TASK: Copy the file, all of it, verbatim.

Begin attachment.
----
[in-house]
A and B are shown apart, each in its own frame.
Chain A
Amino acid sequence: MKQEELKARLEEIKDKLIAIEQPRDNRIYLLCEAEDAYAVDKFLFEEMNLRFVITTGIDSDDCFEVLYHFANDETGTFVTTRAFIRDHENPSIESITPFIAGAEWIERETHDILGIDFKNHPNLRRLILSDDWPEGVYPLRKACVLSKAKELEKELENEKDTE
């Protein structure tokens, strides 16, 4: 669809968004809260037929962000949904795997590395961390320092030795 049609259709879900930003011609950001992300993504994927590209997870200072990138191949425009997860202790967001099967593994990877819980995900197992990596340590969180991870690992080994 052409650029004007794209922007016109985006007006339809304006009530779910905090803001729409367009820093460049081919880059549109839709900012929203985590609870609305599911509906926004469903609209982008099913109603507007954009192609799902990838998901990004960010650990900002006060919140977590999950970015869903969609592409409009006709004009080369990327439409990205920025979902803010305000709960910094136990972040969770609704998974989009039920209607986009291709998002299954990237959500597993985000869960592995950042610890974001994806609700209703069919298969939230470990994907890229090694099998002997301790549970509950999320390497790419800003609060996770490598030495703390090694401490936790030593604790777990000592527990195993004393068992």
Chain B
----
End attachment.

[in-house]
A and B are shown apart, each in its own frame.
Chain A
Amino acid sequence: MKQEELKARLEEIKDKLIAIEQPRDNRIYLLCEAEDAYAVDKFLFEEMNLRFVITTGIDSDDCFEVLYHFANDETGTFVTTRAFIRDHENPSIESITPFIAGAEWIERETHDILGIDFKNHPNLRRLILSDDWPEGVYPLRKACVLSKAKELEKELENEKDTE
């Protein structure tokens, strides 16, 4: 669809968004809260037929962000949904795997590395961390320092030795 049609259709879900930003011609950001992300993504994927590209997870200072990138191949425009997860202790967001099967593994990877819980995900197992990596340590969180991870690992080994 052409650029004007794209922007016109985006007006339809304006009530779910905090803001729409367009820093460049081919880059549109839709900012929203985590609870609305599911509906926004469903609209982008099913109603507007954009192609799902990838998901990004960010650990900002006060919140977590999950970015869903969609592409409009006709004009080369990327439409990205920025979902803010305000709960910094136990972040969770609704998974989009039920209607986009291709998002299954990237959500597993985000869960592995950042610890974001994806609700209703069919298969939230470990994907890229090694099998002997301790549970509950999320390497790419800003609060996770490598030495703390090694401490936790030593604790777990000592527990195993004393068992």
Chain B